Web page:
The waterfront is a place of imagination and sensuality in Josef von Sternberg’s exquisite silent The Docks of New York (1928). Shot on studio sets, it conjures up a realm of shadows, fog, and damp cobblestones at a time when Manhattan was fringed with piers.
On shore leave for the night, a coal stoker, Bill (George Bancroft), saves Mae (Betty Compson) after she tries to drown herself. A preacher marries them at a waterfront saloon, but daylight brings doubt and disillusionment. Gulls crowd outside the window of a bedroom with cracked plaster walls, evoking romance and briny squalor. Harold Rosson—who later shot Technicolor films like The Wizard of Oz and Duel in the Sun—contributed the moody black-and-white cinematography.
In Sam Fuller’s pulp noir Pickup on South Street (1953), a bait shack perched over the water off South Street makes a picturesque hideout for pickpocket Skip McCoy (Richard Widmark). After lifting microfilm from a subway rider (Jean Peters), he becomes entangled in Cold War espionage. Much of the movie was shot on sets, but Skip is a creature of New York’s waterfront—sleeping in a hammock, stashing beer in the river, frequenting a riverside cafe.
When a friend, Moe (Thelma Ritter), dies in her Bowery apartment, he retrieves her body as it is being ferried to Potter’s Field. Fuller reminisced about sleeping in similar bait shacks. You won’t find any at Skip’s address, 66 South Street, but you can walk along the river and imagine what it would be like to have that room with a view. There is also a brief overhead shot of the cobblestoned street outside the former police headquarters building on Centre and Broome streets.
One of the charms of the romantic comedy Splash (1984), directed by Ron Howard, is that it highlights Manhattan’s proximity to the ocean. Daryl Hannah’s mermaid, as eye-catching as a ship’s figurehead, grows legs and walks ashore on Liberty Island in search of Allen (Tom Hanks), who has a business on the waterfront (although he deals in produce, not seafood). In this tale, the princess—with an orange tail instead of a white horse—rescues her beloved. The Fulton Fish Market moved to the Bronx in 2005, but historic market buildings remain on South Street.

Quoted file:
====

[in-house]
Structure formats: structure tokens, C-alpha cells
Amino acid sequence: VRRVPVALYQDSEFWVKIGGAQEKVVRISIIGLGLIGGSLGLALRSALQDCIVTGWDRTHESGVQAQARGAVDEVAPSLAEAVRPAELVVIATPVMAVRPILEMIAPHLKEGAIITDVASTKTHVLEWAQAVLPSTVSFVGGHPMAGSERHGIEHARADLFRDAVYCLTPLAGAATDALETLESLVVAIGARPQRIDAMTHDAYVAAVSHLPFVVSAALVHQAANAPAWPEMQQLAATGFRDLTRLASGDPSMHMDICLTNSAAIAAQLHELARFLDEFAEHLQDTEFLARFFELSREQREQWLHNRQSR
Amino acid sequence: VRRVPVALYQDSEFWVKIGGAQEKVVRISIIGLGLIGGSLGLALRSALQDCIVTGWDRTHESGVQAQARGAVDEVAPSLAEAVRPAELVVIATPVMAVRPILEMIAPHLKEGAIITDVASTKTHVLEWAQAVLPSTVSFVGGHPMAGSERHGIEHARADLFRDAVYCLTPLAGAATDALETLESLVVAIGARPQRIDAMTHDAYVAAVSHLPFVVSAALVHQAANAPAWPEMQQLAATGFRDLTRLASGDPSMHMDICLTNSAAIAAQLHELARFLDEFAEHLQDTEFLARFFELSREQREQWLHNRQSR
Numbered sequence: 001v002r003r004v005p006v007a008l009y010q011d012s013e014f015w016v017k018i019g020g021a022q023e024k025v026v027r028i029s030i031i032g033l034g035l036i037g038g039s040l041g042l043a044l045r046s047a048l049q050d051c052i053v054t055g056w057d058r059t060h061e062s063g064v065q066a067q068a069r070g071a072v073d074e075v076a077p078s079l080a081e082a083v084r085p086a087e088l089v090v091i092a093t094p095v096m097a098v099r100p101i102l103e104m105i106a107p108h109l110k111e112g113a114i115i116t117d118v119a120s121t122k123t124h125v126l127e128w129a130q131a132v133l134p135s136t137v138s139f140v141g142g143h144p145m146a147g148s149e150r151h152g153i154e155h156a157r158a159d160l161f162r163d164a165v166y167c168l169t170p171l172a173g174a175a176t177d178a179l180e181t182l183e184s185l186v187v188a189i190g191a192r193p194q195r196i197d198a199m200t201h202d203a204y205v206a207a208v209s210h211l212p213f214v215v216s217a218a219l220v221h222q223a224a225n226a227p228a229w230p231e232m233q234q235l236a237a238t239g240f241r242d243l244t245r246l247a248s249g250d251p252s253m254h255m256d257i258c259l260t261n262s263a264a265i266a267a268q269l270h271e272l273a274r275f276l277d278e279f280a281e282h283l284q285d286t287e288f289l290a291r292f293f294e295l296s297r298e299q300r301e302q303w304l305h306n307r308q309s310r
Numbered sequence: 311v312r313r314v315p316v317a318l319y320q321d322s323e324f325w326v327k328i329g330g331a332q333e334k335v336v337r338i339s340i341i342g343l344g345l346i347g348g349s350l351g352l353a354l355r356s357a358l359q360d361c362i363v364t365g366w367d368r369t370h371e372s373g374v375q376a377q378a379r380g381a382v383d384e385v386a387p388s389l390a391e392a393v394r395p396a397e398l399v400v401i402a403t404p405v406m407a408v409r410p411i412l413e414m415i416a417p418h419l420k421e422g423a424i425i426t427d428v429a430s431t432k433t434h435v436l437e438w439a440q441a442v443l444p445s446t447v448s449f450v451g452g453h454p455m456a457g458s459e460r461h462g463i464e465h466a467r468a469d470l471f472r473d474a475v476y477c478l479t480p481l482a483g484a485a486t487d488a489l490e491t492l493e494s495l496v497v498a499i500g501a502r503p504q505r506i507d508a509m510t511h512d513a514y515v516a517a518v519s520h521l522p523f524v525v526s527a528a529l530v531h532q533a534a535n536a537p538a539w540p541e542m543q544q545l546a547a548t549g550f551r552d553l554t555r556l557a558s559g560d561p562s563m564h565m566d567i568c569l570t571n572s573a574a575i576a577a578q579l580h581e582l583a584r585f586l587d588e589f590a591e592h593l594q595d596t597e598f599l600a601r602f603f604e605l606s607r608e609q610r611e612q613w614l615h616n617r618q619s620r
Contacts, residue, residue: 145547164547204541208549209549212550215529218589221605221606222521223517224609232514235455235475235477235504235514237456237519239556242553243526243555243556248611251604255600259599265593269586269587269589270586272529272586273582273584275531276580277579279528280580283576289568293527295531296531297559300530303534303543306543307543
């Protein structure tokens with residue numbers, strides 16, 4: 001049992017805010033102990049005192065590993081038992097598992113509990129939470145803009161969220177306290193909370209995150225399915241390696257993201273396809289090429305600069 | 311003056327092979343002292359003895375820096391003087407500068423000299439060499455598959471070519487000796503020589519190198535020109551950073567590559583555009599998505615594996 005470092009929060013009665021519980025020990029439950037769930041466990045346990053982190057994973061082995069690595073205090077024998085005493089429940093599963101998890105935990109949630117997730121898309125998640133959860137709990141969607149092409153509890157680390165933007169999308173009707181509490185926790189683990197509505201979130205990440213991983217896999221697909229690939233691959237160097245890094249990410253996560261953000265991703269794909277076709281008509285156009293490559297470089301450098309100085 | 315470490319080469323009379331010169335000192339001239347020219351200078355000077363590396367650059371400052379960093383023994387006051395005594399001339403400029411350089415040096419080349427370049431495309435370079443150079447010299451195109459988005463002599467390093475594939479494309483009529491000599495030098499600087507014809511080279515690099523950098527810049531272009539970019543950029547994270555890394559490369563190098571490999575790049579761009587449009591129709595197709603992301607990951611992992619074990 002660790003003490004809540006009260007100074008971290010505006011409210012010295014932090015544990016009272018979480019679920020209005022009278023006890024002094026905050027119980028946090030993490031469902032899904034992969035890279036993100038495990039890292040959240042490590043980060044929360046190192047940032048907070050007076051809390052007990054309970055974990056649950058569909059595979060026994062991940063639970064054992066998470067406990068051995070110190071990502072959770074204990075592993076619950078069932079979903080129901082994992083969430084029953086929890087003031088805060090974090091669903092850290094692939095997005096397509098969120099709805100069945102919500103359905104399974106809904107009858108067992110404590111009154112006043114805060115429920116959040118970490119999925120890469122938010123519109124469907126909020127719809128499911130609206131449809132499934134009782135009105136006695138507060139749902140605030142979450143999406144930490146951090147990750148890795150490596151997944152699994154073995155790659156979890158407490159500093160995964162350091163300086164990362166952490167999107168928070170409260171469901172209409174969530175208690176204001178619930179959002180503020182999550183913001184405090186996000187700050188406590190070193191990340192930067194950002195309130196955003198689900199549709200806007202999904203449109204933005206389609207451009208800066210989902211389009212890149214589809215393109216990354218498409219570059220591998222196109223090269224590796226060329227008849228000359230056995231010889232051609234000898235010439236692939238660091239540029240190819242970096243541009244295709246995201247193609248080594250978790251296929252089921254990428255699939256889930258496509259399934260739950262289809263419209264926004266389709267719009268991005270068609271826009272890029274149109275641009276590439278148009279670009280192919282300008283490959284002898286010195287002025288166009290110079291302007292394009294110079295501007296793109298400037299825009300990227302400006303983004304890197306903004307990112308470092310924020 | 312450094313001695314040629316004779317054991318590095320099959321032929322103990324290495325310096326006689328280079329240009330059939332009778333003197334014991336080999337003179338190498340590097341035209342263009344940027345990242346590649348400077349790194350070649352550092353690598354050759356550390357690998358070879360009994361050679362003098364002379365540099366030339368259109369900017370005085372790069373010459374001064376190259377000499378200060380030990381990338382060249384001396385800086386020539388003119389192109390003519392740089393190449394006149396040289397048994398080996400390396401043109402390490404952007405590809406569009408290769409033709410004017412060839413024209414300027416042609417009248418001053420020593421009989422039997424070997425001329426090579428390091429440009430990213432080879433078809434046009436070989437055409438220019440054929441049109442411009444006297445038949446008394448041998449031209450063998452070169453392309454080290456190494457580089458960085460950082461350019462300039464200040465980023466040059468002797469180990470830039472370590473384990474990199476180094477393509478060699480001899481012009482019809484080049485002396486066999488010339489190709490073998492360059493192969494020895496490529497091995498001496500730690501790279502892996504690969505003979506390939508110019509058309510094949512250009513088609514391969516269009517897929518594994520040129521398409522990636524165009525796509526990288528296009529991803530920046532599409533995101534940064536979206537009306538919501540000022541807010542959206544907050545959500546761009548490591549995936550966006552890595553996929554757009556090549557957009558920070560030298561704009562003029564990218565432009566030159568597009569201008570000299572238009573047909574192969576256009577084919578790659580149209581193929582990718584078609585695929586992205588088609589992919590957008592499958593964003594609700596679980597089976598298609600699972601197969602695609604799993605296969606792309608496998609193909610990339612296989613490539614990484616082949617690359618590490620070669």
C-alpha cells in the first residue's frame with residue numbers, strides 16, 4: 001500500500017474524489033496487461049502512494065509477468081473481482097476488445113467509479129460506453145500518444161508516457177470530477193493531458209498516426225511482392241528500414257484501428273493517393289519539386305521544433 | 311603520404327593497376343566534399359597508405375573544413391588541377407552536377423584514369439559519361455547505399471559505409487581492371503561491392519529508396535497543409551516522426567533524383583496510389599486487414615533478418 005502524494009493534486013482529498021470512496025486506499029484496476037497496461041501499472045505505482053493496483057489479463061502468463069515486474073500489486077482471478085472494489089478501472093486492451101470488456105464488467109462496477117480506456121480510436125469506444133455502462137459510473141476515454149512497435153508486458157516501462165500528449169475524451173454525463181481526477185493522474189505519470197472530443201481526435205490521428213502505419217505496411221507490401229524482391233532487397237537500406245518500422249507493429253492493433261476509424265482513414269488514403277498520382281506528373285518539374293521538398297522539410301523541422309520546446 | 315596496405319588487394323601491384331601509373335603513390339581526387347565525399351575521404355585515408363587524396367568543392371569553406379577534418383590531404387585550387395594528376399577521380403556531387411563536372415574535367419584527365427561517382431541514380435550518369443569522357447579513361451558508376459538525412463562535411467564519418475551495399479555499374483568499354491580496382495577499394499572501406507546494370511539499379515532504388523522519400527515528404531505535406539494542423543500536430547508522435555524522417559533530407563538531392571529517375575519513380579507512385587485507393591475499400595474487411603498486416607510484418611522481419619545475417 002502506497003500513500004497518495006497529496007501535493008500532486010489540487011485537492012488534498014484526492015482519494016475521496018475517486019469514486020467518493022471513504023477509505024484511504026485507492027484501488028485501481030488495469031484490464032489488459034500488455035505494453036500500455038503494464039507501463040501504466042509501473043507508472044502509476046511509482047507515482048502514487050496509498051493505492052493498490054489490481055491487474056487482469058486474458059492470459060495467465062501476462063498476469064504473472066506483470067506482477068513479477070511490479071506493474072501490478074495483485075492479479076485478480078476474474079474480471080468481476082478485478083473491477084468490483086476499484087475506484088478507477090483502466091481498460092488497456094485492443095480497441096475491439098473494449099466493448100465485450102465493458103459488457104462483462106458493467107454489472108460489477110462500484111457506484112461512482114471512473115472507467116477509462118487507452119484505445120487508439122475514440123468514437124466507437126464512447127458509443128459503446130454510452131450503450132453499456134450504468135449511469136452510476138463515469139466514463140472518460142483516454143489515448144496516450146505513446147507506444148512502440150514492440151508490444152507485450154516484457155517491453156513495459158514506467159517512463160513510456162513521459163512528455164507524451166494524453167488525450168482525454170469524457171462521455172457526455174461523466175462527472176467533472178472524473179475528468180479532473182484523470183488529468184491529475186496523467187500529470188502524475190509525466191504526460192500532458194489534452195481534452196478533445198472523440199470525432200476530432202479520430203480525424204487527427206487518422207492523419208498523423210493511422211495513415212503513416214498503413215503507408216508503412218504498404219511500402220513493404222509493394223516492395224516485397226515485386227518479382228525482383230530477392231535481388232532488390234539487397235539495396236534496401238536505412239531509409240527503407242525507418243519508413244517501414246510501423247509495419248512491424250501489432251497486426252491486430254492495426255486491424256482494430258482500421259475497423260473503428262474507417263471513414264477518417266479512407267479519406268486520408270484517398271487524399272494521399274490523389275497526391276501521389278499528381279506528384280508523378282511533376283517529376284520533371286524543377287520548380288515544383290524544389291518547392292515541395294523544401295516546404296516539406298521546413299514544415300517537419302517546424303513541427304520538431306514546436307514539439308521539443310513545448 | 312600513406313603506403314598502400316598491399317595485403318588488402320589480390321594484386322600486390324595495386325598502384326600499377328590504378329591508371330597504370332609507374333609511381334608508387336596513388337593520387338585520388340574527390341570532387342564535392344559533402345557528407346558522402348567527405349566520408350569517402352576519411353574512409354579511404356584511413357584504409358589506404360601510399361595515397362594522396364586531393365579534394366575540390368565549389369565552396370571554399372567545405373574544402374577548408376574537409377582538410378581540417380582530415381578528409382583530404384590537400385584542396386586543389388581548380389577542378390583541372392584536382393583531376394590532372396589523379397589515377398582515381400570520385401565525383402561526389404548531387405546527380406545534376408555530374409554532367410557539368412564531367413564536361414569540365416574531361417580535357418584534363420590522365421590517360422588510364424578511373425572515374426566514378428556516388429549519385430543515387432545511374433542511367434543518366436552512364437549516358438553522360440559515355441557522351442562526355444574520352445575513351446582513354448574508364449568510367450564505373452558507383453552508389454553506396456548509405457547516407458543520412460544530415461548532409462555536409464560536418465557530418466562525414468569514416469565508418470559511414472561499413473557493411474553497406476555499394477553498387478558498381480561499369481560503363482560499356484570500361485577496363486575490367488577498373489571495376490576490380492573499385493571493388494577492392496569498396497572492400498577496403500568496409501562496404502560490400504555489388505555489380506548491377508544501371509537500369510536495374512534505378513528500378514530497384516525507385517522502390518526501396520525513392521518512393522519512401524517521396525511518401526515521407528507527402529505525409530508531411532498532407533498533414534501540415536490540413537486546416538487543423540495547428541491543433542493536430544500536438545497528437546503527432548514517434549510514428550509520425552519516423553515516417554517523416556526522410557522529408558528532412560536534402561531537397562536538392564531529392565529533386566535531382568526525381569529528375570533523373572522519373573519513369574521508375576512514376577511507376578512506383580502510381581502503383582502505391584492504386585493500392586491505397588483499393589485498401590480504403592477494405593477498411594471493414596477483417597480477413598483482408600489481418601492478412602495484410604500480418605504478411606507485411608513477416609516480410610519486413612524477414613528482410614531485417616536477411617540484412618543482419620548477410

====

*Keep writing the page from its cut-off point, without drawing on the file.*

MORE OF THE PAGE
The harbor is almost a character in Mike Nichols’s Working Girl (1988), about Tess (Melanie Griffith), a smart, big-haired young Staten Island woman looking for a foothold in the Manhattan business world. Her boss (Sigourney Weaver)—who steals one of her ideas—has an office with spectacular views of glittering water and passing vessels. Some scenes were filmed at One State Street Plaza.
Ships visible when Tess leaves a Seaport bar with handsome financier Jack (Harrison Ford) are more than a romantic backdrop—they’re a reminder of her journey and the community she comes from. At that spot you can tour the newly restored iron-hulled vessel Wavertree, or take a sail on the schooner Pioneer, both part of the South Street Seaport Museum’s Street of Ships, and think about how maritime culture has shaped the city.